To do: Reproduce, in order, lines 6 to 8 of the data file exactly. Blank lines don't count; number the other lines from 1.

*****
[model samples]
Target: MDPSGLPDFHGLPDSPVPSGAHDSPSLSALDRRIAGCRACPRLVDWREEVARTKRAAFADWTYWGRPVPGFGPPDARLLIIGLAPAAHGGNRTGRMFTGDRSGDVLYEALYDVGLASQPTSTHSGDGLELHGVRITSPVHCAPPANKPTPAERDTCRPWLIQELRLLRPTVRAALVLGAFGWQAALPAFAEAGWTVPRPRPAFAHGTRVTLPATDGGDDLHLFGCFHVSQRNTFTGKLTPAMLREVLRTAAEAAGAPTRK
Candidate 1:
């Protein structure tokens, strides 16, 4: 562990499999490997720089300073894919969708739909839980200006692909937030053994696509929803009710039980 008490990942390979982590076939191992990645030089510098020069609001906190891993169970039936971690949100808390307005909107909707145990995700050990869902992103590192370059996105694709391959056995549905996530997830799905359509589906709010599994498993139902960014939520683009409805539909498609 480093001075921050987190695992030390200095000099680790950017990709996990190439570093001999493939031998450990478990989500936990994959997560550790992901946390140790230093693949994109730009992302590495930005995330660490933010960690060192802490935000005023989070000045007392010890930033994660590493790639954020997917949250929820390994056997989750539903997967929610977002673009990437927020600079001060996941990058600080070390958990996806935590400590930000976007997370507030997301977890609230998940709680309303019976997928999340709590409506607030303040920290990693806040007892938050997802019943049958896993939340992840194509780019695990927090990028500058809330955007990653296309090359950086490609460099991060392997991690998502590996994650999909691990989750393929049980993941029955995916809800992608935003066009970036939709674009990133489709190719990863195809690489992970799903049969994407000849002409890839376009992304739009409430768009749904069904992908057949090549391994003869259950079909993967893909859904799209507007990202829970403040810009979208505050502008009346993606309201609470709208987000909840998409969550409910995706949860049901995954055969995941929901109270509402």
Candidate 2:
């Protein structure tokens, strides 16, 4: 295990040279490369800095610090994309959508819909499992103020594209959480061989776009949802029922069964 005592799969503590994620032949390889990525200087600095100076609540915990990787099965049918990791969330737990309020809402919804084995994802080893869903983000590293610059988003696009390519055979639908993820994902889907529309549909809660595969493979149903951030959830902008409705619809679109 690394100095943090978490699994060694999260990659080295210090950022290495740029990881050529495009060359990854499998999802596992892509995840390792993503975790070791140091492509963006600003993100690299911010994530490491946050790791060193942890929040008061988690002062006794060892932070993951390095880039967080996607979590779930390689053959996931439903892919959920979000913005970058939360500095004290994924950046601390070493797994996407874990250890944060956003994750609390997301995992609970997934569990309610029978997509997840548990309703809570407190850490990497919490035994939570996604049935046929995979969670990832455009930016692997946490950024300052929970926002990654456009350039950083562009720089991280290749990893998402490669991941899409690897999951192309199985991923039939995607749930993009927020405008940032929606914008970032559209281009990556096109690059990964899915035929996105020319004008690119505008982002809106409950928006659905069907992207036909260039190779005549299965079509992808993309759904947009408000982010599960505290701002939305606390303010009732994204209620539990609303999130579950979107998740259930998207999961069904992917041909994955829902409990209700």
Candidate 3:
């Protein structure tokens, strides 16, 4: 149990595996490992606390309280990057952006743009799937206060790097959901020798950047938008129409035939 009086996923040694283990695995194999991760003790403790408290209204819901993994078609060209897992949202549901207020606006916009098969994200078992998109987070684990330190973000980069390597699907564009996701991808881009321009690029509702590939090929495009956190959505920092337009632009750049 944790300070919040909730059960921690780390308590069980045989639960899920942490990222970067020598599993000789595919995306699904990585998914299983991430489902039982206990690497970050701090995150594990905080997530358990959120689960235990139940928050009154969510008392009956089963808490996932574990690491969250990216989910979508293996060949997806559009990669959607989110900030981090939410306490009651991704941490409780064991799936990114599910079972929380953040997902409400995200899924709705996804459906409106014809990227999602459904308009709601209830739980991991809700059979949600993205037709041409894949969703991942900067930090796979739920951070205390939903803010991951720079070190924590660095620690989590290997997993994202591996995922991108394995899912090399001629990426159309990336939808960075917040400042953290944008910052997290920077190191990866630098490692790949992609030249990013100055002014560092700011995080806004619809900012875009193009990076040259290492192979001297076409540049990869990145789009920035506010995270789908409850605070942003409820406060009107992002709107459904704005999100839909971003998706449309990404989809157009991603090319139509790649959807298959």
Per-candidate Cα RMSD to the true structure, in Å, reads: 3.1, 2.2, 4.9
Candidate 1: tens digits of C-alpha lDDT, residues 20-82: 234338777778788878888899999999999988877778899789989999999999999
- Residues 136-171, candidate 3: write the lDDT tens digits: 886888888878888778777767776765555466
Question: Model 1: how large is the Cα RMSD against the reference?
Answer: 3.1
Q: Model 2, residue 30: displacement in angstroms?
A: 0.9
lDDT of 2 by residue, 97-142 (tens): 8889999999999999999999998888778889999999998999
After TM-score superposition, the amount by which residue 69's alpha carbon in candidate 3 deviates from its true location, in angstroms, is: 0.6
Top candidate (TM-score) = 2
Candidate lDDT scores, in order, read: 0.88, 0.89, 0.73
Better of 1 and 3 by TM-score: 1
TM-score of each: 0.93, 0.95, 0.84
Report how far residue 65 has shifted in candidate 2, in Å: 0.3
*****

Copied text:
């Protein structure tokens, strides 16, 4: 295990040279490369800095610090994309959508819909499992103020594209959480061989776009949802029922069964 005592799969503590994620032949390889990525200087600095100076609540915990990787099965049918990791969330737990309020809402919804084995994802080893869903983000590293610059988003696009390519055979639908993820994902889907529309549909809660595969493979149903951030959830902008409705619809679109 690394100095943090978490699994060694999260990659080295210090950022290495740029990881050529495009060359990854499998999802596992892509995840390792993503975790070791140091492509963006600003993100690299911010994530490491946050790791060193942890929040008061988690002062006794060892932070993951390095880039967080996607979590779930390689053959996931439903892919959920979000913005970058939360500095004290994924950046601390070493797994996407874990250890944060956003994750609390997301995992609970997934569990309610029978997509997840548990309703809570407190850490990497919490035994939570996604049935046929995979969670990832455009930016692997946490950024300052929970926002990654456009350039950083562009720089991280290749990893998402490669991941899409690897999951192309199985991923039939995607749930993009927020405008940032929606914008970032559209281009990556096109690059990964899915035929996105020319004008690119505008982002809106409950928006659905069907992207036909260039190779005549299965079509992808993309759904947009408000982010599960505290701002939305606390303010009732994204209620539990609303999130579950979107998740259930998207999961069904992917041909994955829902409990209700």
Candidate 3:
């Protein structure tokens, strides 16, 4: 149990595996490992606390309280990057952006743009799937206060790097959901020798950047938008129409035939 009086996923040694283990695995194999991760003790403790408290209204819901993994078609060209897992949202549901207020606006916009098969994200078992998109987070684990330190973000980069390597699907564009996701991808881009321009690029509702590939090929495009956190959505920092337009632009750049 944790300070919040909730059960921690780390308590069980045989639960899920942490990222970067020598599993000789595919995306699904990585998914299983991430489902039982206990690497970050701090995150594990905080997530358990959120689960235990139940928050009154969510008392009956089963808490996932574990690491969250990216989910979508293996060949997806559009990669959607989110900030981090939410306490009651991704941490409780064991799936990114599910079972929380953040997902409400995200899924709705996804459906409106014809990227999602459904308009709601209830739980991991809700059979949600993205037709041409894949969703991942900067930090796979739920951070205390939903803010991951720079070190924590660095620690989590290997997993994202591996995922991108394995899912090399001629990426159309990336939808960075917040400042953290944008910052997290920077190191990866630098490692790949992609030249990013100055002014560092700011995080806004619809900012875009193009990076040259290492192979001297076409540049990869990145789009920035506010995270789908409850605070942003409820406060009107992002709107459904704005999100839909971003998706449309990404989809157009991603090319139509790649959807298959």